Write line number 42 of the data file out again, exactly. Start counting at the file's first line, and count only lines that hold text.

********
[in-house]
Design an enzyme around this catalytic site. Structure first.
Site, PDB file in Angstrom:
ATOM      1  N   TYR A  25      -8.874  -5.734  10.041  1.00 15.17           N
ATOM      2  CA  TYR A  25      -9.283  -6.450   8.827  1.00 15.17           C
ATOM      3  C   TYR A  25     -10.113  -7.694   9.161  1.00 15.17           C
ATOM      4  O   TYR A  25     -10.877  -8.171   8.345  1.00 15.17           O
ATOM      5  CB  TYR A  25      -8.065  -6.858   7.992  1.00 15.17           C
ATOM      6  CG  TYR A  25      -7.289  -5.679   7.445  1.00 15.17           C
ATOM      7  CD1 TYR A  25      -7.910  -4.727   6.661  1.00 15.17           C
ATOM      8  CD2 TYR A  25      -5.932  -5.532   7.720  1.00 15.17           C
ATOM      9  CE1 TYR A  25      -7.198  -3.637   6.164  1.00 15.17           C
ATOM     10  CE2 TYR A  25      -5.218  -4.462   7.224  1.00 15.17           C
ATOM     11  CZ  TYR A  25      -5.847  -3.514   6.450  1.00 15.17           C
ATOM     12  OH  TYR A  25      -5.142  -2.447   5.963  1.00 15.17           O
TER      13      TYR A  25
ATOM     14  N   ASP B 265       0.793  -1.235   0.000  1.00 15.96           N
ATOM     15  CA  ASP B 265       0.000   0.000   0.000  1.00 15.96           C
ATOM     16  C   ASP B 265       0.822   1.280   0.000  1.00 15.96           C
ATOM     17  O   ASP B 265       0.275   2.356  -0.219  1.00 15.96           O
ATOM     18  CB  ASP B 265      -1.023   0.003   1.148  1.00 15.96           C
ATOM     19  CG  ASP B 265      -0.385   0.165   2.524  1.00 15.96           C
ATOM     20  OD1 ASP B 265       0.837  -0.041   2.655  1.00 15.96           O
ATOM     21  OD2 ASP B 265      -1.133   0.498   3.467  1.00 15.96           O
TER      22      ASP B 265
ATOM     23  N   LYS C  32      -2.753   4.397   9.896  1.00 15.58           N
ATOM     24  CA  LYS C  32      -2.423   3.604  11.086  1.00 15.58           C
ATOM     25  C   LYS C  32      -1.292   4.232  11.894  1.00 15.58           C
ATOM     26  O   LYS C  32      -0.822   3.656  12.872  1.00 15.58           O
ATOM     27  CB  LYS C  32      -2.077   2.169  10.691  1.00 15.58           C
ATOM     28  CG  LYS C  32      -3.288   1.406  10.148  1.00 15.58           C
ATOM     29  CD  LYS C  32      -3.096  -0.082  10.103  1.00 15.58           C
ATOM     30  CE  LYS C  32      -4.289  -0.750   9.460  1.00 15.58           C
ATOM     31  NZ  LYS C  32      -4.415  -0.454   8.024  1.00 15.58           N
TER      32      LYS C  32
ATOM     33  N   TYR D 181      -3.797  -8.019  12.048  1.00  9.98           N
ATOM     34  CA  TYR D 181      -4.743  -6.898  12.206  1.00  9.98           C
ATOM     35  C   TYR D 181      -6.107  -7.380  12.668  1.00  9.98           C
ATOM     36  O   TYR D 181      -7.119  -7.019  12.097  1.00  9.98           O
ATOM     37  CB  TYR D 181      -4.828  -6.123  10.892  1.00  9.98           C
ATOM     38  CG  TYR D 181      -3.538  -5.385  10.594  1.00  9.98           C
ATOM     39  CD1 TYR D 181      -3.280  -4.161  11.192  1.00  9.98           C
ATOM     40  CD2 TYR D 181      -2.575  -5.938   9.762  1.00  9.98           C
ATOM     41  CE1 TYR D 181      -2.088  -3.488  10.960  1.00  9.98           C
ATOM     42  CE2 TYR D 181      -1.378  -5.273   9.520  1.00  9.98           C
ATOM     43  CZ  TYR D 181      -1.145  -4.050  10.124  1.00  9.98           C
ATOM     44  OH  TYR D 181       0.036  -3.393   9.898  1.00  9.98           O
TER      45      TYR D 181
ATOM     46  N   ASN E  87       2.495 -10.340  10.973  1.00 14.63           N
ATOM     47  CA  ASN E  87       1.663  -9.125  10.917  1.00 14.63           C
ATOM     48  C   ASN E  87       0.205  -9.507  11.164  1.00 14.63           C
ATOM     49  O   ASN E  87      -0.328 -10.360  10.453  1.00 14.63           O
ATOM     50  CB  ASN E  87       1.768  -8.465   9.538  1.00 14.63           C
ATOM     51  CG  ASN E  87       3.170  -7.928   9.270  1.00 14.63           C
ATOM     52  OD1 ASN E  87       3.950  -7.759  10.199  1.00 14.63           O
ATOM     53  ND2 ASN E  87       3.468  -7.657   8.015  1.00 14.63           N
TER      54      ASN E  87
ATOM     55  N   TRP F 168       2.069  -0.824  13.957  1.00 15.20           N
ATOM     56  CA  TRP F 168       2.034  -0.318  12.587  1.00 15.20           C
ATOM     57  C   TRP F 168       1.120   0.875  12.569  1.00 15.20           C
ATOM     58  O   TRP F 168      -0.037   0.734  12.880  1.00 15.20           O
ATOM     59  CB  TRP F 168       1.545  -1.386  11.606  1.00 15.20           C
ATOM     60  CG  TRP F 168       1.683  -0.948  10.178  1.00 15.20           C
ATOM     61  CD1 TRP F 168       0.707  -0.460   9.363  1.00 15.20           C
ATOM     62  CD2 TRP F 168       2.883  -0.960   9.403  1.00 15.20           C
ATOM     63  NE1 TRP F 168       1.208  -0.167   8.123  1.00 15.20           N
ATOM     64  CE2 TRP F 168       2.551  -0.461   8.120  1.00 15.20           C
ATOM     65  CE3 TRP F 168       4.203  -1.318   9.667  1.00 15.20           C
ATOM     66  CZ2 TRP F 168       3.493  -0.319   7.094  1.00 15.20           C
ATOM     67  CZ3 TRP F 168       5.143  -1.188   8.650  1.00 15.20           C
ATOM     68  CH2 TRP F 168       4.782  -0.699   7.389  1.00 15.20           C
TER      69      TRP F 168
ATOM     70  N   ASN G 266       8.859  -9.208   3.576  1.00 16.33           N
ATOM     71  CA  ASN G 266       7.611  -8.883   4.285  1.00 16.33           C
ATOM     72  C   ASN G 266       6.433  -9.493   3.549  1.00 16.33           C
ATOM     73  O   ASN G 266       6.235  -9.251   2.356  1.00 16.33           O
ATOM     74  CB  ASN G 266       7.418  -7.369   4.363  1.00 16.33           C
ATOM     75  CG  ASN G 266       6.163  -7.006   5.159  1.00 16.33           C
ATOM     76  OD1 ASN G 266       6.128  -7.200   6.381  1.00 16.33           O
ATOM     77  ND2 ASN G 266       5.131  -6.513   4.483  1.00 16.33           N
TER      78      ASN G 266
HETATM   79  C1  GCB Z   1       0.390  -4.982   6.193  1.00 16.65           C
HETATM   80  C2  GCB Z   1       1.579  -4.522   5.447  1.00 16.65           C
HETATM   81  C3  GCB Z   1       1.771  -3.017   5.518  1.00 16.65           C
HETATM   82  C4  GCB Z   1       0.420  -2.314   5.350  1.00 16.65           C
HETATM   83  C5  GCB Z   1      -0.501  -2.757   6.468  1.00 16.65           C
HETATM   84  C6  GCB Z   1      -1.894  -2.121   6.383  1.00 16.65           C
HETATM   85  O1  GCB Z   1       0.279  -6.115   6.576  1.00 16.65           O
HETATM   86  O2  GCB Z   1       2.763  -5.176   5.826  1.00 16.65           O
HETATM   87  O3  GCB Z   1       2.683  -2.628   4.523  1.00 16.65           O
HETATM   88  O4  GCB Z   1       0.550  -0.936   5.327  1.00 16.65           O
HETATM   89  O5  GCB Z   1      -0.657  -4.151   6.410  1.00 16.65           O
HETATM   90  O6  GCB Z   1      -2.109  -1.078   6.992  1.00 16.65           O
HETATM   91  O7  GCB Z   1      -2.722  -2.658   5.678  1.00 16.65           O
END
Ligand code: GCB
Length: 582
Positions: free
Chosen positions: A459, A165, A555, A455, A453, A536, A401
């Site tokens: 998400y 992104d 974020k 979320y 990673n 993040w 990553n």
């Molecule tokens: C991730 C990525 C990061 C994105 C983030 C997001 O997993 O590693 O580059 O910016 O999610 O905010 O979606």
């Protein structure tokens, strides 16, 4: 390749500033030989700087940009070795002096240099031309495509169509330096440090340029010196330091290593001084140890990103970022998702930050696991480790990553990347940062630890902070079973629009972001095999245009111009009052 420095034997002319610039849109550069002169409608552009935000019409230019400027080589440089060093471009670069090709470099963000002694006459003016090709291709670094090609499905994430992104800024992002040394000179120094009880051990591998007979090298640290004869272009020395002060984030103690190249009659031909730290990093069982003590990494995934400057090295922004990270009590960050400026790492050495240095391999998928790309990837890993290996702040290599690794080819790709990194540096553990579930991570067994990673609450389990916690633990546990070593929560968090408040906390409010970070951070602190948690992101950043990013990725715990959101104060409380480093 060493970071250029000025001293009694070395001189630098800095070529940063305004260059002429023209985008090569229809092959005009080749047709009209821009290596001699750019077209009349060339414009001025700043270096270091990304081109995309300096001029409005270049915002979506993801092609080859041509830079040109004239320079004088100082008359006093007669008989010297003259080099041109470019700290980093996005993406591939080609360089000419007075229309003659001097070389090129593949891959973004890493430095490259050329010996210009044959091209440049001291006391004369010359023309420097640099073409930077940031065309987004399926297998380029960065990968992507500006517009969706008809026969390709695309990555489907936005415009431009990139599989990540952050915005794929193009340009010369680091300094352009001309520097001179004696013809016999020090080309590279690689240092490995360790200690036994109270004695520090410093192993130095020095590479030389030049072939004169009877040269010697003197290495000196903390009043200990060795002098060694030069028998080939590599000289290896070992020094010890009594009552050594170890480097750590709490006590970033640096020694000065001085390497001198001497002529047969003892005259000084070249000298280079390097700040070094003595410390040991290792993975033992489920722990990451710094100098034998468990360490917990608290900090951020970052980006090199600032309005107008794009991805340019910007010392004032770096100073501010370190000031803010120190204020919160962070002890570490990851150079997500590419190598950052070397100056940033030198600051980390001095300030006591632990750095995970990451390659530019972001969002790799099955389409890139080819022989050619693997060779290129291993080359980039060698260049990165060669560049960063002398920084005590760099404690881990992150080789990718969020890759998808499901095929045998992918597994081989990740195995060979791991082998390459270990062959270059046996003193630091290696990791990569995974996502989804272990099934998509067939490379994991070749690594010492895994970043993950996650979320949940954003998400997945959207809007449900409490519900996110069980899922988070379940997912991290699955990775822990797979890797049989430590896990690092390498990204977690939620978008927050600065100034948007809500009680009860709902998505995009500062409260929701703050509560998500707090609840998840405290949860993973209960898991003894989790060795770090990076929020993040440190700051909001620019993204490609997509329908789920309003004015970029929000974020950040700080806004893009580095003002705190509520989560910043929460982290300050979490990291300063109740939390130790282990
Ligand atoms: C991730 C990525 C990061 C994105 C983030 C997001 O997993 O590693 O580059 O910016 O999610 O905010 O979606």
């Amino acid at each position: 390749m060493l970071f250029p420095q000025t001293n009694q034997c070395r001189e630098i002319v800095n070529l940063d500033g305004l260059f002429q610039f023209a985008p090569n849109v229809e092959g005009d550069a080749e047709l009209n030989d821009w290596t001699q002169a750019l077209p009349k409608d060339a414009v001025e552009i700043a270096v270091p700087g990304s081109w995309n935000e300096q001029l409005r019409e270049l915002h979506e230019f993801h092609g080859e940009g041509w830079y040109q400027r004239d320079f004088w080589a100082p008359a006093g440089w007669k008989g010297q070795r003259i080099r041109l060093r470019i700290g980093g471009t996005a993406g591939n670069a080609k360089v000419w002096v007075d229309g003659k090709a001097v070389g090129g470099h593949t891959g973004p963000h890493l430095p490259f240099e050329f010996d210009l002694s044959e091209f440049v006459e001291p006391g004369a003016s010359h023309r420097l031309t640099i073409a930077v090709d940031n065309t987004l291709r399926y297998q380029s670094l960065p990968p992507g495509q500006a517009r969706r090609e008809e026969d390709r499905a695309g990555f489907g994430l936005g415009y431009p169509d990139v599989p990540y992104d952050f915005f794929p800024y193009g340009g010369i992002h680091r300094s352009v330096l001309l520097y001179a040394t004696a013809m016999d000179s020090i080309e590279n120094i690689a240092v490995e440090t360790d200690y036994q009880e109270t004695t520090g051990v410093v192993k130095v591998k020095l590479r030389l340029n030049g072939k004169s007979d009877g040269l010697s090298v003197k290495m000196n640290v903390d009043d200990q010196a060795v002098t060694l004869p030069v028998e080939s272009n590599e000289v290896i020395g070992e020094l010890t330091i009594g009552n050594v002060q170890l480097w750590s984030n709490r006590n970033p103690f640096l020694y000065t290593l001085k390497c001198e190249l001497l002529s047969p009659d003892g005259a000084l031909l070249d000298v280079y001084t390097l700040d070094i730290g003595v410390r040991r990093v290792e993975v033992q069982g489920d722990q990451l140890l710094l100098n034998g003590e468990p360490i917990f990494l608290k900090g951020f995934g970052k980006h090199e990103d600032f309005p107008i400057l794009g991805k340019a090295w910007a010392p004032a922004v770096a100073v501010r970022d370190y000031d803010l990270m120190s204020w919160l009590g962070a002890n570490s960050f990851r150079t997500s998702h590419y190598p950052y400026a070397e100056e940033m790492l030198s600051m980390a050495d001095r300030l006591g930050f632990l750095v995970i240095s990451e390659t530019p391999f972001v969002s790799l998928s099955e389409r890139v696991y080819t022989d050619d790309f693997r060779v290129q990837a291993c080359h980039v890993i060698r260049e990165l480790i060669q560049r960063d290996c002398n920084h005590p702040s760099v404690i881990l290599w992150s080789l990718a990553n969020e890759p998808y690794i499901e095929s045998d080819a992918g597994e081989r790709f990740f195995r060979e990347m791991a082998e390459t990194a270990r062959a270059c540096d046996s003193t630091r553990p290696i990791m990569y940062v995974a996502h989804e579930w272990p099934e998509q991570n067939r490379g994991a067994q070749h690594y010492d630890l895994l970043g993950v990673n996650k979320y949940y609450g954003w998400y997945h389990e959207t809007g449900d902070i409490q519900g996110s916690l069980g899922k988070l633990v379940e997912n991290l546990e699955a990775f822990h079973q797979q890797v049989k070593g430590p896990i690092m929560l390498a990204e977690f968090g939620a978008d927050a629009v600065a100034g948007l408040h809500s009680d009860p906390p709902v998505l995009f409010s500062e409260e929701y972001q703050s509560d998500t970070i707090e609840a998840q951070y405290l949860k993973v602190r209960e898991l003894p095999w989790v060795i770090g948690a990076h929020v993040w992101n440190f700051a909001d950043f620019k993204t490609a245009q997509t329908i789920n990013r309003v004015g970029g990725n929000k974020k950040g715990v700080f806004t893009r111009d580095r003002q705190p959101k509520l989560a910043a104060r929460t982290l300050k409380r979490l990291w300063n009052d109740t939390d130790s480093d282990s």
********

ATOM     39  CD1 TYR D 181      -3.280  -4.161  11.192  1.00  9.98           C